So not only do we now have too often in too many places too few functional and competent fathers, we also have too few functional and competent father figures. It takes a village of father figures to best and most reliably build boys into men. Not girls, not gender neutral people, but men. Men who are fathers and father figures who are willing and able and competent to take up the task. Men who know how to teach younger men, boys, and children, how to grow up strong into the “man” that he is called to be.

    Hence today we have today far too many “lost boys who never grow up.”

    Of course, the military have long known the workings of these dynamics so as to mold boys into men before battle. And a military that fails in its job of building and executing such apprenticeship programs to build solders are at great, and typically fatal, disadvantage in combat.

    In WWII, the US military had mixed success initially in the task, depending on the unit, the time, and the place. Far too often it took the US military far too long to learn the critical dynamic of building its units into effective combat units. For example how to build strong, effective, cohesive infantry squads, small groups of young kids not long out of high school led by an older man, the experienced Non-commissioned Officer (typically a Sergeant) who led the squad, and held it together, confronting adversity.

    It was no coincident that a large number of these Sergeants were called ‘Pappy” by the boys (becoming men) they lead. It is significant too that those NCOs who were effective at their jobs were never forgotten after the war by the men they lead, those kids who had learned so much from them.

    The success of a combat company, battalion and division often depended mostly on the quantity and character of its Non-commissioned Officers. These Corporals & Sergeants were the backbone of many fine combat units. And their quantities, beyond their age and experience, were their strong character and capacity for independence competence demonstrated in actions that set examples for those they lead, and their ability to teach their kids becoming men how to do their highly demanding job with similar competence before the battle and during battle.

    The good NCO in WWII were shining examples of great world changing Master Apprentice programs in action. And it goes on in the military today every day, and when it fails, so will the US Military.

    Civilian life in America is different from military life here. But surely America needs boys and girls to grow up to be competent and independent, to be highly confident and effective, so that he and she has the internal means within themselves to be and do whatever it is they are made to be. Only then will they have the change they deserve to realize their full potential and dreams, and so gain the opportunity to spread their success around to others like family, friends, and the community.

    Based on their past record, Master Apprentice programs can be a key player in making this happen where so often our current College / University system seems to be failing so many.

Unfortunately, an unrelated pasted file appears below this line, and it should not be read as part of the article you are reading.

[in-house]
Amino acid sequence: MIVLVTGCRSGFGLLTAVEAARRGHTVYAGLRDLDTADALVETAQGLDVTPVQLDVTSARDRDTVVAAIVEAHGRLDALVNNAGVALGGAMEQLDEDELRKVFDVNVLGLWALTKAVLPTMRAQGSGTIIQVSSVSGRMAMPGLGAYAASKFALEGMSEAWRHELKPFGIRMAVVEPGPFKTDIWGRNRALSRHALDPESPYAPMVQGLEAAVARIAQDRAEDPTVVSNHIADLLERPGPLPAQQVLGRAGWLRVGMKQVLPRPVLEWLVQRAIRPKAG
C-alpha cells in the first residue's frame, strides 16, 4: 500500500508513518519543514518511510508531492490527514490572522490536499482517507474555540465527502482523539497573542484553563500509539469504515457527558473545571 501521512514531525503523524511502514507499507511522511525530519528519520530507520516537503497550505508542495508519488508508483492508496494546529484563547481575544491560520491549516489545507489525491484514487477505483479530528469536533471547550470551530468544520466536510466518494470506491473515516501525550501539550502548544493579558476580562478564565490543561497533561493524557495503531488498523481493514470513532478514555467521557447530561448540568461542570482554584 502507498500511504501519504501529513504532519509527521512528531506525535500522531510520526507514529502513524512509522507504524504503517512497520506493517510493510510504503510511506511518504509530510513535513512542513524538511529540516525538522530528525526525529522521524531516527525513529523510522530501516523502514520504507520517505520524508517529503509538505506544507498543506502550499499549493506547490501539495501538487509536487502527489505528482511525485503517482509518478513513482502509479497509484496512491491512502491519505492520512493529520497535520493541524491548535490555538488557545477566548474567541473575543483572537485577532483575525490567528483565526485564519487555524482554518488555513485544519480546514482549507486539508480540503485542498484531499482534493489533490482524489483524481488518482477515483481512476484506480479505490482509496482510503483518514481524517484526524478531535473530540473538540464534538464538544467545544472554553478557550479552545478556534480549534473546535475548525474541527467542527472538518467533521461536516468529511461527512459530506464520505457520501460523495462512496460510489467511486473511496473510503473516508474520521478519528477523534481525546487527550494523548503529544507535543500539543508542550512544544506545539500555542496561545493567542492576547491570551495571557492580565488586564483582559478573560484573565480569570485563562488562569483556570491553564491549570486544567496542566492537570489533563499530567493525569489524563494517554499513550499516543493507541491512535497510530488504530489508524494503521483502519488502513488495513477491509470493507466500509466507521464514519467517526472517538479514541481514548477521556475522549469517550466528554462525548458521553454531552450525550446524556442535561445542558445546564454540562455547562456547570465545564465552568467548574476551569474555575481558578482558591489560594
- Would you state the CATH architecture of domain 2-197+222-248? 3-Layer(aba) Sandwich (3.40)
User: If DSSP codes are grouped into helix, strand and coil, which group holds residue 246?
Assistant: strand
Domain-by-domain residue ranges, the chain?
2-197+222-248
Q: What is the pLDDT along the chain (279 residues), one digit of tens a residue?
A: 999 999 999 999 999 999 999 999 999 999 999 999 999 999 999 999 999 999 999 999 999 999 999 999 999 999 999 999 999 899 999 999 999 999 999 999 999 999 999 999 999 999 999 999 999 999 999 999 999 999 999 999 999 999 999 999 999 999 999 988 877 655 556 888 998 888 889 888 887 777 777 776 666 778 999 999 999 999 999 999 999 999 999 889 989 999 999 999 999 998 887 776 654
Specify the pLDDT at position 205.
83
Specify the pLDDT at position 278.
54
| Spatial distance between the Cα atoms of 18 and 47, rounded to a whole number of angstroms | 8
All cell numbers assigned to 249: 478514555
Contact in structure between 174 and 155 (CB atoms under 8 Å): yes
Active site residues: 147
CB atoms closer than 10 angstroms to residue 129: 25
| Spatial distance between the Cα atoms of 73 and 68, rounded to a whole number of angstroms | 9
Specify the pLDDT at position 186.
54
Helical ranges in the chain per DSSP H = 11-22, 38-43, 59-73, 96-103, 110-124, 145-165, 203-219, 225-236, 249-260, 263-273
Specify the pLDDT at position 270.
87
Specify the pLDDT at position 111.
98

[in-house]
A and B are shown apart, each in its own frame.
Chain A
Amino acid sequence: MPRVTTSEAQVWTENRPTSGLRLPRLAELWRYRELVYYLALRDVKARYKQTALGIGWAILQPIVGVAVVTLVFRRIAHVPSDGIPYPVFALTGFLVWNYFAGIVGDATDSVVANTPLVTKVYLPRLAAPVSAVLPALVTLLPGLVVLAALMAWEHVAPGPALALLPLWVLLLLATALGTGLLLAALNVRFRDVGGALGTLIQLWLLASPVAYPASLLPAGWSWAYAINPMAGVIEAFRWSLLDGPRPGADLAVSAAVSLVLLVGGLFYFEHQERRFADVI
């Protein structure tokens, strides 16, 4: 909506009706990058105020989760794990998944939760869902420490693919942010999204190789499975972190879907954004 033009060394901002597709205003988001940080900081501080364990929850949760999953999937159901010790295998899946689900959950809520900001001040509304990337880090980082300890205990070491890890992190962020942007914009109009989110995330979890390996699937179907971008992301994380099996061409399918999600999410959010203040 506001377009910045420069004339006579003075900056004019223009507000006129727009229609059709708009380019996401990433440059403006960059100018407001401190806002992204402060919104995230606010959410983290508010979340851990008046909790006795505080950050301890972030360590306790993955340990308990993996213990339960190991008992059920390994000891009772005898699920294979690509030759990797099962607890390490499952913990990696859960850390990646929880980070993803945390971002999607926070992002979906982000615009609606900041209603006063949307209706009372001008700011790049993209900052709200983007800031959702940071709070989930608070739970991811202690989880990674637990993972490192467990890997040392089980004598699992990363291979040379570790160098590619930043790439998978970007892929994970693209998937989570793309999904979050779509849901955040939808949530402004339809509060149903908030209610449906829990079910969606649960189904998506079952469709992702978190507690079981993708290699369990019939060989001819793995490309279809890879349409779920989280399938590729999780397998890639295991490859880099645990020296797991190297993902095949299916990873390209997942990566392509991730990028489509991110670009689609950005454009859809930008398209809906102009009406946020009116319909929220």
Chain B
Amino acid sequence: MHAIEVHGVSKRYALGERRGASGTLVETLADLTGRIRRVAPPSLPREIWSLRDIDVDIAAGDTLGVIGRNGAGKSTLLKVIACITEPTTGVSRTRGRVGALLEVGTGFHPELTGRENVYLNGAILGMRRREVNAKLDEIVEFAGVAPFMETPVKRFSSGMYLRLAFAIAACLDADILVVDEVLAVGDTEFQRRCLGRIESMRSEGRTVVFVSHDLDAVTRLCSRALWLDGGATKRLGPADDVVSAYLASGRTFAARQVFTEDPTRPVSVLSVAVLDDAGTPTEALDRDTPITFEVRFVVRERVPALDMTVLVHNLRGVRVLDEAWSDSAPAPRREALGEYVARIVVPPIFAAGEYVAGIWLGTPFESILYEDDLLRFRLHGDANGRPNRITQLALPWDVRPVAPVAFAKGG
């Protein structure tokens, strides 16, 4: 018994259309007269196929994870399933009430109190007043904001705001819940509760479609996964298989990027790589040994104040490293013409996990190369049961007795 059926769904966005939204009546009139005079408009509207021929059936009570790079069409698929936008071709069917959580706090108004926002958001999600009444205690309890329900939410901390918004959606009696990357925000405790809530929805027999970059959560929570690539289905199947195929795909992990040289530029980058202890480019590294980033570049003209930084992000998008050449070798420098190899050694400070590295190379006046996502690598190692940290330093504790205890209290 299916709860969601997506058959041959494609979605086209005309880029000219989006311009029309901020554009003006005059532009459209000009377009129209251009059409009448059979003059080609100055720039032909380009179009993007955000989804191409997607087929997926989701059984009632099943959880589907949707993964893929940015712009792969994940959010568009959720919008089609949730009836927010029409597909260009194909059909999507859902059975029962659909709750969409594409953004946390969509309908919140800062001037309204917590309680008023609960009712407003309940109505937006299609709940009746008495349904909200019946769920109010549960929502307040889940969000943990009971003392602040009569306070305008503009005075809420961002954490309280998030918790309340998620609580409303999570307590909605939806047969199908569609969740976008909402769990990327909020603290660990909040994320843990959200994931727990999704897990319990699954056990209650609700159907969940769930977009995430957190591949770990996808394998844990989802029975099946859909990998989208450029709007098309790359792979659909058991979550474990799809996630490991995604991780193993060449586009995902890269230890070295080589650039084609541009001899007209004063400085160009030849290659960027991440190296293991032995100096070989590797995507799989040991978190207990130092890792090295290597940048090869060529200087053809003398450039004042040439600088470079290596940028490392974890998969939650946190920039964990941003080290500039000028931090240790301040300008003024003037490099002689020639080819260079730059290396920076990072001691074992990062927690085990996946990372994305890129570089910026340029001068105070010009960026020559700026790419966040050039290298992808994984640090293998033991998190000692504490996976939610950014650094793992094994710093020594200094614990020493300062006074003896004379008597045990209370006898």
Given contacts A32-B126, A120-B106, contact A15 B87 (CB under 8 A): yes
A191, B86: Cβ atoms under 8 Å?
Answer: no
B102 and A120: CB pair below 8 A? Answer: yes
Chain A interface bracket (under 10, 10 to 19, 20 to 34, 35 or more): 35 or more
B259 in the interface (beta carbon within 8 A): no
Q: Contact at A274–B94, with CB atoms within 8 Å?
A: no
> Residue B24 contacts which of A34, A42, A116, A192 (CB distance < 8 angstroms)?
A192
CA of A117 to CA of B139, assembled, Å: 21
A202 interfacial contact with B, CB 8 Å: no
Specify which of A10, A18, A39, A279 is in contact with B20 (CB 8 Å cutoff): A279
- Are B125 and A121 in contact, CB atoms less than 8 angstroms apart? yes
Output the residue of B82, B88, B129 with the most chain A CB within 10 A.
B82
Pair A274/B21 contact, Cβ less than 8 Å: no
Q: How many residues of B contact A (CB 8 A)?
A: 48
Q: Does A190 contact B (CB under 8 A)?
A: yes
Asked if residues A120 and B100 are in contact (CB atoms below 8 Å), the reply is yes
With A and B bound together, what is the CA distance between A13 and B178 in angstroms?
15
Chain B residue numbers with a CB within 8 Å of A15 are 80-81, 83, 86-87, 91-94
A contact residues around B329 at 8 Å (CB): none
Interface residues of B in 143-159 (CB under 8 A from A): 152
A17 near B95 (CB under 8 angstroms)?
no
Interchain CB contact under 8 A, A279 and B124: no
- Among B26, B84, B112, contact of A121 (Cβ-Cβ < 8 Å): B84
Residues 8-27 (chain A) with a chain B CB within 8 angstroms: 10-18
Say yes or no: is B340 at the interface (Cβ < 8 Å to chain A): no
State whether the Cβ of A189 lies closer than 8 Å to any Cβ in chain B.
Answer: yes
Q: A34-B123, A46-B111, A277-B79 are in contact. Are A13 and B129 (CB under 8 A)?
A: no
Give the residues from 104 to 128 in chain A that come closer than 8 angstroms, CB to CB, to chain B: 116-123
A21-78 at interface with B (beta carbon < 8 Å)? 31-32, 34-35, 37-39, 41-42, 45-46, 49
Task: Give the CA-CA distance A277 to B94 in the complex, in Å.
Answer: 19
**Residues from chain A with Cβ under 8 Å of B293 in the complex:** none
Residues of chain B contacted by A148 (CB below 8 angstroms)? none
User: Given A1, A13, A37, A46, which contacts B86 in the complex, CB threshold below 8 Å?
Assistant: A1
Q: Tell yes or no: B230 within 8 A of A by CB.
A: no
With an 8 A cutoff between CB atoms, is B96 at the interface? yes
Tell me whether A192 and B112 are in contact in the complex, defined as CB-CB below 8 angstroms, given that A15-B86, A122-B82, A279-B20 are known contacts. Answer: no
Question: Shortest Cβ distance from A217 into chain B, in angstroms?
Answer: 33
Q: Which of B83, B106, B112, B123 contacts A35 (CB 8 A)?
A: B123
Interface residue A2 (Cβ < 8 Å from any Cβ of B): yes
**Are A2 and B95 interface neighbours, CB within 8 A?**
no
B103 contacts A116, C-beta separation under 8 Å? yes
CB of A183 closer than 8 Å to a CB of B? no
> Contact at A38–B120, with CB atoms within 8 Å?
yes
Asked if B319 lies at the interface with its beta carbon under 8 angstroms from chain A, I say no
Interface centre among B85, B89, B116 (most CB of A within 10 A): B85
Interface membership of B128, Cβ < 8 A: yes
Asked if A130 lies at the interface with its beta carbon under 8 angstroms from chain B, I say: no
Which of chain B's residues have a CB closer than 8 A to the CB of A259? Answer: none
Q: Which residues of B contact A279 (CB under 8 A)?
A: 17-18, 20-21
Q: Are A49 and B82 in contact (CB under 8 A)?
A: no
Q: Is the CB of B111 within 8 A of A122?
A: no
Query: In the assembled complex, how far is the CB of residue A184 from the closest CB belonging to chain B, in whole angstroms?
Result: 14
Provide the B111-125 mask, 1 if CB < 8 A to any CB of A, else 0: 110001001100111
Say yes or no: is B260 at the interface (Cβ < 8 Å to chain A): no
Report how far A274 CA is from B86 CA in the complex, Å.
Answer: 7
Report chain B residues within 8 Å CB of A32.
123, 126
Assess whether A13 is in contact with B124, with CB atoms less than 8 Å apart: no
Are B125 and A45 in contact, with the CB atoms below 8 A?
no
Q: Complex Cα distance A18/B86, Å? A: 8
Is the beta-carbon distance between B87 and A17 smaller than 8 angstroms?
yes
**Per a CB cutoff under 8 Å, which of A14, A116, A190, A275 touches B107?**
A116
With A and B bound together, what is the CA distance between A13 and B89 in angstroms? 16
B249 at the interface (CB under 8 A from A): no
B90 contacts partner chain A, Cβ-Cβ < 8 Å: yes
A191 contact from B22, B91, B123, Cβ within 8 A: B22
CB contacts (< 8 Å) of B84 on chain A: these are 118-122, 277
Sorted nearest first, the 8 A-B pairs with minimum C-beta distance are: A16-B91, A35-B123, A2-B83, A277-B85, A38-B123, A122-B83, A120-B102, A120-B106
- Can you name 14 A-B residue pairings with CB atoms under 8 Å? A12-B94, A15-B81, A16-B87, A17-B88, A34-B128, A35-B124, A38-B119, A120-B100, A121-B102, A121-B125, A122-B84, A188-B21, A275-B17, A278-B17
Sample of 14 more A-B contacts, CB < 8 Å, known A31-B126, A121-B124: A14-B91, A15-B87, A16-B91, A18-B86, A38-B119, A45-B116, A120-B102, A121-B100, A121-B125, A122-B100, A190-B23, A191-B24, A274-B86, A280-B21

7. In a perfect world – all kids would have well-educated, fullly-employed, economically-secure Moms and Dads who live in neighborhoods with the best schools.

    In the real world – GrandPop did not get a good education because either the schools were segregated or even closed during Massive Resistance.

    Son and Daughter did not go to a good school and Mom/Dad were unable to help their kids educationally.

    Not surprisingly – the numbers of black kids going on to college were no where near the numbers of white kids because Mom/dad – with their stunted education lacked the resources to do so.

    back in the day – kids of those demographic circumstances had – options .

    They could join the military or get a manufacturing job that required only a minimal education.

    They could even run “numbers” (for those who know what they were) and not uncommon in blue states (like Va) they could do a brisk business selling liquor on Sunday.. none of which would put them in prison for years and render them unable to escape from that lifestyle.

    I’m not preaching sympathy or more entitlements programs here.

    I’m pointing out that a generational cycle of poor education leads to economic disaster not only for the folks themselves but for taxpayers.

    In the 21st century – if we are serious about how to deal with the issues – we get away from trying to find people and things to blame and we move on to what we have to do – to get more and more kids – to graduate into a job – not the street.

    Schools in poorer neighborhoods and urban cores need to have significant vocational education programs that basically train youngsters how to do basic jobs in the economy… if any of those kids want to go above that and set their sights on college – fine, go for it but the default should be that every kid is going to end up with a trained skill that will get them a job..

    we want to have more taxpayers, more people who can take care of their own needs .. and not need entitlements and not end up in prison for dealing street drugs..

    we should all want that.